According to yet another aspect of the invention, a probe guide system for use in conjunction with a medical imaging device comprises a probe guide which includes a probe guide body having a connecting mechanism for connecting the probe guide to the medical imaging device. A probe holder for holding a probe is provided in the probe guide body adapted and configured to allow angular and axial translations of the probe within the image plane when the probe guide is connected to the imaging device. The probe holder has an encoder incorporated therein, for detecting angular orientation of the probe relative to the image plane. The probe guide system also includes a processing unit including a video input port and a video output port. The processing unit extrapolates or projects the probe's penetration path from the angular orientation of the probe detected by the encoder and superimposes the projected penetration path on to the cross-sectional image received from the medical imaging device through the video input and transmits a superimposed image through the video output port to a video display unit.

According to yet another aspect of the invention, a probe guide system for use in conjunction with a medical imaging device comprises an articulating probe guide and a processing unit. The articulating probe guide comprises an imaging device holder having a connecting mechanism for connecting the medical imaging device to the imaging device holder. A probe guide body is pivotally connected to the imaging device holder by a hinge. A probe holder for holding the probe is provided in the probe guide body and the probe holder is adapted and configured to allow angular and axial translations of the probe within the image plane when the imaging device holder is connected to the imaging device.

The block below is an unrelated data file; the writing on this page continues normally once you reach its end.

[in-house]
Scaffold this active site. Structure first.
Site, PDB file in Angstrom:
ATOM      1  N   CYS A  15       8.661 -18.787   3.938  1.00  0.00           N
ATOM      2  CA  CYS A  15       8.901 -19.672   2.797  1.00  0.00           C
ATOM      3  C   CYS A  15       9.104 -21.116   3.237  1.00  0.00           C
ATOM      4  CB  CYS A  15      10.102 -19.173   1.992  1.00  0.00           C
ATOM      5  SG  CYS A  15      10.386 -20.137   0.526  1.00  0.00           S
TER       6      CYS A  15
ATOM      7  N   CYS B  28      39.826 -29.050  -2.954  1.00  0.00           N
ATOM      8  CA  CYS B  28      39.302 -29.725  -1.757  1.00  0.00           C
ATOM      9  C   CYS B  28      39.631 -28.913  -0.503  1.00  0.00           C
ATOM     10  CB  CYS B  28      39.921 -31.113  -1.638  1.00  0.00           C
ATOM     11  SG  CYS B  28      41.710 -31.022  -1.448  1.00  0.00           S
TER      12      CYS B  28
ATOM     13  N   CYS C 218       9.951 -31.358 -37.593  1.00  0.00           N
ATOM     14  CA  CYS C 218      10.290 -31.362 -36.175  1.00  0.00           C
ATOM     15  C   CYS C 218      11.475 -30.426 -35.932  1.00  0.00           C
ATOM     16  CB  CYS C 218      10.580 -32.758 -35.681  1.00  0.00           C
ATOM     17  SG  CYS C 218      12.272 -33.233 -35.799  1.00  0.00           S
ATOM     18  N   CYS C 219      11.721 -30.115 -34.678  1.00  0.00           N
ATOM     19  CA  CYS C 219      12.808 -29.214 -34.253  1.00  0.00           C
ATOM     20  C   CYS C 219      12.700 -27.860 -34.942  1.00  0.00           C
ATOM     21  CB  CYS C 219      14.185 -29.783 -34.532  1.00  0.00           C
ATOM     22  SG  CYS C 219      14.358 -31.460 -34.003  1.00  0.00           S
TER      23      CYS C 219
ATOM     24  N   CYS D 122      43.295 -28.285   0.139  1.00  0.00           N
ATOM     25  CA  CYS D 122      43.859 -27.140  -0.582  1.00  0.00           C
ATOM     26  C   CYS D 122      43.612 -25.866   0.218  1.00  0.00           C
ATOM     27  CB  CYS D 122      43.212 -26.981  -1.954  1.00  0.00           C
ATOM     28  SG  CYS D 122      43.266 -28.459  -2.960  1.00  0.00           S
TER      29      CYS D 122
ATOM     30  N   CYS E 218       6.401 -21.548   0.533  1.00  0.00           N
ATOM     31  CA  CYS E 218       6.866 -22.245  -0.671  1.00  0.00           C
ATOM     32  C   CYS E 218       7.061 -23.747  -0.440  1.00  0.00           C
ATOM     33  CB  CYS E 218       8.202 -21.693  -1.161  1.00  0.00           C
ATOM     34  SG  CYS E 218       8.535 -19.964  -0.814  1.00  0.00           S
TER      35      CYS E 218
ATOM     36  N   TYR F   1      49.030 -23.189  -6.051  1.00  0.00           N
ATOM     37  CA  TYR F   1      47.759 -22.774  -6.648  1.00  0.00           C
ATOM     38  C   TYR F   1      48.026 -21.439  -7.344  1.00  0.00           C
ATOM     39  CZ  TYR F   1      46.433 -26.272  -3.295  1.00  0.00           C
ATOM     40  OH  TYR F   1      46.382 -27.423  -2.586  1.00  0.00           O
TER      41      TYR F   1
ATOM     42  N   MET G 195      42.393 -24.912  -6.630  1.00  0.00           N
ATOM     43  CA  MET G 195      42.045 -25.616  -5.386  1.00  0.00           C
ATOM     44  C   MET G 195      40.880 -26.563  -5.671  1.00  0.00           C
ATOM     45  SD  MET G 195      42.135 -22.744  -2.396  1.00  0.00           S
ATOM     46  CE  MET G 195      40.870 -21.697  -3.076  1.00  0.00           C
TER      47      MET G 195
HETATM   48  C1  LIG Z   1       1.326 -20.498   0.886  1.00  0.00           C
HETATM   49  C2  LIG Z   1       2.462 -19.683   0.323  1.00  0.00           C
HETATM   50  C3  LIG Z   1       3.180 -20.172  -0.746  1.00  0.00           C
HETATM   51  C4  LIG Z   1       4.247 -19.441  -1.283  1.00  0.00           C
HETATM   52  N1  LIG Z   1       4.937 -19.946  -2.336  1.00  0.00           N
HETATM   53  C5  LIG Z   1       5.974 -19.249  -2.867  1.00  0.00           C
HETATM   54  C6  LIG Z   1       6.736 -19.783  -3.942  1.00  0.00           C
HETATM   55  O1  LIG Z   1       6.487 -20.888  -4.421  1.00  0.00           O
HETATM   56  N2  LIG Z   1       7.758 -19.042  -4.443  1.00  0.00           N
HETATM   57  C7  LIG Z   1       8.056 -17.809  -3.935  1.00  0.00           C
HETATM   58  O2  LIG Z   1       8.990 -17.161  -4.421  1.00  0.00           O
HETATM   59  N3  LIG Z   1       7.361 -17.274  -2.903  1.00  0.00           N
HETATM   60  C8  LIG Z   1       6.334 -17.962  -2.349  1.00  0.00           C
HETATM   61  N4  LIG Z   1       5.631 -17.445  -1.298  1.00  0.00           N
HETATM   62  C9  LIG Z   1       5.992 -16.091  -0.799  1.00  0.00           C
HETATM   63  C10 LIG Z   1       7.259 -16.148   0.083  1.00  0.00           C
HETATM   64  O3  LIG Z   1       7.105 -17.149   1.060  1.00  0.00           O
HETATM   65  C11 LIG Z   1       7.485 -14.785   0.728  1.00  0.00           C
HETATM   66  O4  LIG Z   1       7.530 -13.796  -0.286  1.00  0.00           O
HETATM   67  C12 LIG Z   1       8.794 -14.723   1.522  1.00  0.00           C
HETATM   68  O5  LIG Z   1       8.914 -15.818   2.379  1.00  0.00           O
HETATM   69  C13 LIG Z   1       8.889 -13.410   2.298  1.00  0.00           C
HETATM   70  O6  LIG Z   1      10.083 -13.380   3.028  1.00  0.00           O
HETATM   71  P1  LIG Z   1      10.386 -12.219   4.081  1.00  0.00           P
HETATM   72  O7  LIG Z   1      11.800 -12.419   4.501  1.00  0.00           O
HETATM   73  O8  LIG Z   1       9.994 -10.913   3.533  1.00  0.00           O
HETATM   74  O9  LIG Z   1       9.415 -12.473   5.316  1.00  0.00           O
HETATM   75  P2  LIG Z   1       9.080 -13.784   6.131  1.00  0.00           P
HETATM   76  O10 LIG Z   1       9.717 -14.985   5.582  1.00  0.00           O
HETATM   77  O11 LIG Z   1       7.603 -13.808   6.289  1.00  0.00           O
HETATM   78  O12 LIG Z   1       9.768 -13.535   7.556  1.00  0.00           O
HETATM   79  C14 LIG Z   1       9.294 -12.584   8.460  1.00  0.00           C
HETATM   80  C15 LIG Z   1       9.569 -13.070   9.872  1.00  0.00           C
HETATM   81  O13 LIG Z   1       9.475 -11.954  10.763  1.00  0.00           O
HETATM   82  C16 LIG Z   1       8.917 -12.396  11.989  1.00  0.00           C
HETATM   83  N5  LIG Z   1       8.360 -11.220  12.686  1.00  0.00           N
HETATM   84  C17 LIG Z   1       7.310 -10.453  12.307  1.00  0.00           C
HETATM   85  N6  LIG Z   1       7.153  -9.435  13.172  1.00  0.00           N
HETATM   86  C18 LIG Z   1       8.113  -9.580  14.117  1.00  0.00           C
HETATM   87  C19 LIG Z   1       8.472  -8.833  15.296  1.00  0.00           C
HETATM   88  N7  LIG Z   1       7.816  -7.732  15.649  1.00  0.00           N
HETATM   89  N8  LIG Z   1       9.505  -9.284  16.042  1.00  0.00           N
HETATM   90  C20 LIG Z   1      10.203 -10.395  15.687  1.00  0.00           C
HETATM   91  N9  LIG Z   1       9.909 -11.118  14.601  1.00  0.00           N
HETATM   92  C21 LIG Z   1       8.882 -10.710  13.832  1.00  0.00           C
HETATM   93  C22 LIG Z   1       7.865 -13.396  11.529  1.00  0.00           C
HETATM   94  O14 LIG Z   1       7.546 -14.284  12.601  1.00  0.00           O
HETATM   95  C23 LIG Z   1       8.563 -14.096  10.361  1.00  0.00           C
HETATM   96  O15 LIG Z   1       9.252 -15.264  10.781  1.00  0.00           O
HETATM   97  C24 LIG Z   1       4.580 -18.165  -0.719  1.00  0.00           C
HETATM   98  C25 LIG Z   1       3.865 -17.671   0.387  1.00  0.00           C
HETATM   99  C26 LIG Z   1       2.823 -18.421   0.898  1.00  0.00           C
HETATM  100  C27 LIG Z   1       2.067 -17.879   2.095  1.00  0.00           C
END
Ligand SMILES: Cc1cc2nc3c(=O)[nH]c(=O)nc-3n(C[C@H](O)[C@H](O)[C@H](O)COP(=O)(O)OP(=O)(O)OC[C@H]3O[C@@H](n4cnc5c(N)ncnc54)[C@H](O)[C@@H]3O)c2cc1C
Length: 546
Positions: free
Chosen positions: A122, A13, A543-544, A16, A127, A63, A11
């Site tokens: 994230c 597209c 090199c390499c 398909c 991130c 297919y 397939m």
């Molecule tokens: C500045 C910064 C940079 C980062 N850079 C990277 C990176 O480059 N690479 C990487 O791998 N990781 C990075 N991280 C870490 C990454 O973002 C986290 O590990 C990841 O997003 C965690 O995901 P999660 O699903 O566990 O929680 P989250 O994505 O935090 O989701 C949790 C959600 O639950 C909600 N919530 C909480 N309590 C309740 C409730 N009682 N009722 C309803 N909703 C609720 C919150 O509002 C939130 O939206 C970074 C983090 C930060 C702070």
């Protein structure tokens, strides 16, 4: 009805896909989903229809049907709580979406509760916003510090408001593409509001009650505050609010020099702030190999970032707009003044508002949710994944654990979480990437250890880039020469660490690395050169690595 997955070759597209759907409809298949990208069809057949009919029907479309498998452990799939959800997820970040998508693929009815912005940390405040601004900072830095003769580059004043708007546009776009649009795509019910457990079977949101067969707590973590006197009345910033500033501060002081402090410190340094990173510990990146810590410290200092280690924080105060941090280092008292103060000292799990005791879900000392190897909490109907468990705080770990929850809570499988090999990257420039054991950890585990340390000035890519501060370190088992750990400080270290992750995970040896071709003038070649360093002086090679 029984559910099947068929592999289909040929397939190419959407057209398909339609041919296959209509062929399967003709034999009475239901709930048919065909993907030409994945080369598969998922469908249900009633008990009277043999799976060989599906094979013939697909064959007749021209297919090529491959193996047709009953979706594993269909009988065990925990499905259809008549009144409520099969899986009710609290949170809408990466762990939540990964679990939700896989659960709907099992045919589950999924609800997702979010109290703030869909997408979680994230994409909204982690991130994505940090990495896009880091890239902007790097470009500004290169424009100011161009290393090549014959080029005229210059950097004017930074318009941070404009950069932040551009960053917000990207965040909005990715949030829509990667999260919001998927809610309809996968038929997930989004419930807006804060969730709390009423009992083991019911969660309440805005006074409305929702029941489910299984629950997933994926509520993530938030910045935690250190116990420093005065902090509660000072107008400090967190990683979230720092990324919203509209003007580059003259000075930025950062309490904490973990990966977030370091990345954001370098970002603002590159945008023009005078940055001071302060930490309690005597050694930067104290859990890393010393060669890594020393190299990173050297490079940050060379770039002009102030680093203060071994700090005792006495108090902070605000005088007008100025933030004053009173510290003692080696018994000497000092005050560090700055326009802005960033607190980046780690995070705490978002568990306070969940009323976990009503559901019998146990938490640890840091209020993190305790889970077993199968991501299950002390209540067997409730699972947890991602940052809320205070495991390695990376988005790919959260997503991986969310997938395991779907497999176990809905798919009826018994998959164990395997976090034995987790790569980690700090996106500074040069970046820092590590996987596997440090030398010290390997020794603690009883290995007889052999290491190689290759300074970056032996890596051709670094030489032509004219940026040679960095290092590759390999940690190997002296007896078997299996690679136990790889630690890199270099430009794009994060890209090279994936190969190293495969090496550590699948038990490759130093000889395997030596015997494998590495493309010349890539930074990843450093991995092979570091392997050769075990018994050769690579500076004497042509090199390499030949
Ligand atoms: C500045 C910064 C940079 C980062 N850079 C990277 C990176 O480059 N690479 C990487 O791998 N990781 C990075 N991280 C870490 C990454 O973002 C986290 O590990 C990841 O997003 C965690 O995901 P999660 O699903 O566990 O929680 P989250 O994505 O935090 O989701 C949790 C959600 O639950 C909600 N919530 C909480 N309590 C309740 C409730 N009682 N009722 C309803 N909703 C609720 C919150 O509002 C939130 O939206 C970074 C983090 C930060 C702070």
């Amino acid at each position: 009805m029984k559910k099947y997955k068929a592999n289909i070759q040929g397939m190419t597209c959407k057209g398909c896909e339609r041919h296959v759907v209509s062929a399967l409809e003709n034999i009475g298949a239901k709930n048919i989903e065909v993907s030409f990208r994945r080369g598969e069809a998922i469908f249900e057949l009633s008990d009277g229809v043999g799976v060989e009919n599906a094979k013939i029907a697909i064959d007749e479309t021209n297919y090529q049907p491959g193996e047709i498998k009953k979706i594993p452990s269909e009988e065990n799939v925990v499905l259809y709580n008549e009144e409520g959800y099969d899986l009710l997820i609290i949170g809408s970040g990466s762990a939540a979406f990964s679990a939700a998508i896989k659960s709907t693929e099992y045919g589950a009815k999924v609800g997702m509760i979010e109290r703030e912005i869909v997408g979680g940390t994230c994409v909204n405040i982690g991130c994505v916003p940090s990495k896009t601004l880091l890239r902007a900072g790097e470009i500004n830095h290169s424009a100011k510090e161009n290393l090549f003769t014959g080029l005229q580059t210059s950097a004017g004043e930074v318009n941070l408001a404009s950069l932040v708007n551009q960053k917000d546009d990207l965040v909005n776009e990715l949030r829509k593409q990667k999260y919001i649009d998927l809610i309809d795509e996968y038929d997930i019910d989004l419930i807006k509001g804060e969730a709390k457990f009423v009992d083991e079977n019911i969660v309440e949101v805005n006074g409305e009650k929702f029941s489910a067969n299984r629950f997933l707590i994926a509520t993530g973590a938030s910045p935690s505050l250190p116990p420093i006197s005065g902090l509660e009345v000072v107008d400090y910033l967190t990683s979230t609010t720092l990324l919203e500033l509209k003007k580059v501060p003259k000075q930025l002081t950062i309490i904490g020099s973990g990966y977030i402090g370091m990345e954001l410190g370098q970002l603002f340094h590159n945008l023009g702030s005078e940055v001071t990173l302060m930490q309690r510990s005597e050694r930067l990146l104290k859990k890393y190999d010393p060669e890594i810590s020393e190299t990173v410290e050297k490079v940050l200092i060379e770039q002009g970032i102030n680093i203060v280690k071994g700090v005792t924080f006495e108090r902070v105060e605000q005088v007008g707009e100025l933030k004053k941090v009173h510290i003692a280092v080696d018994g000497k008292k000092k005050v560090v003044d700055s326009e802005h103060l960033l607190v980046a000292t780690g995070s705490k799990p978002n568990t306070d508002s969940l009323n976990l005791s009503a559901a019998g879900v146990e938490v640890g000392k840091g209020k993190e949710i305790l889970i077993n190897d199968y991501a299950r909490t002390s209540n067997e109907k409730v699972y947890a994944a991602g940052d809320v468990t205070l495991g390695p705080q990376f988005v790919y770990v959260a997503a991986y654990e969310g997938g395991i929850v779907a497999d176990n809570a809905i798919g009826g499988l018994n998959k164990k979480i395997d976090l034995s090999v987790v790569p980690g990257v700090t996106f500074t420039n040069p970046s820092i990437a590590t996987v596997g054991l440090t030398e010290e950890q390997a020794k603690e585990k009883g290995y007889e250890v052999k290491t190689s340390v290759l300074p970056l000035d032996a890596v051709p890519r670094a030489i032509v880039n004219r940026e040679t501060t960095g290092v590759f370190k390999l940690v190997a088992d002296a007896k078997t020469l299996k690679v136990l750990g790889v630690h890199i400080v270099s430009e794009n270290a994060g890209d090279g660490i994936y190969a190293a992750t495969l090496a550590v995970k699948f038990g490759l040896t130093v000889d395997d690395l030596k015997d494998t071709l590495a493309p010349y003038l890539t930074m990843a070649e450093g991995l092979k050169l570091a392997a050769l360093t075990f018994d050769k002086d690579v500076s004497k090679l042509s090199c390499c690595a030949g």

A first encoder is incorporated into the hinge for detecting angular orientation of the imaging device holder relative to the probe guide body. The probe holder has a second encoder incorporated therein for detecting angular orientation of the probe relative to the probe guide body and the linear position of the probe within the probe guide body. The probe guide system also includes a processing unit including a video input port and a video output port. The processing unit includes a video input port and a video output port. The processing unit extrapolates or projects the probe's penetration path from the angular orientation of the probe detected by the second encoder and superimposes the projected penetration path on to the cross-sectional image received from the medical imaging device through the video input port and transmits a superimposed image through the video output port to a video display unit.

A benefit of the probe guide of the invention is that it allows accurate placement of a probe, such as a biopsy needle, by allowing a range of angular translation as well as axial translation of the probe.

BRIEF DESCRIPTION OF THE DRAWINGS

The following schematic illustrations will be used to describe the various exemplary embodiments of the invention in more detail. These drawings are not intended to show actual dimensions or proportions. Like reference numbers in figures represent like parts.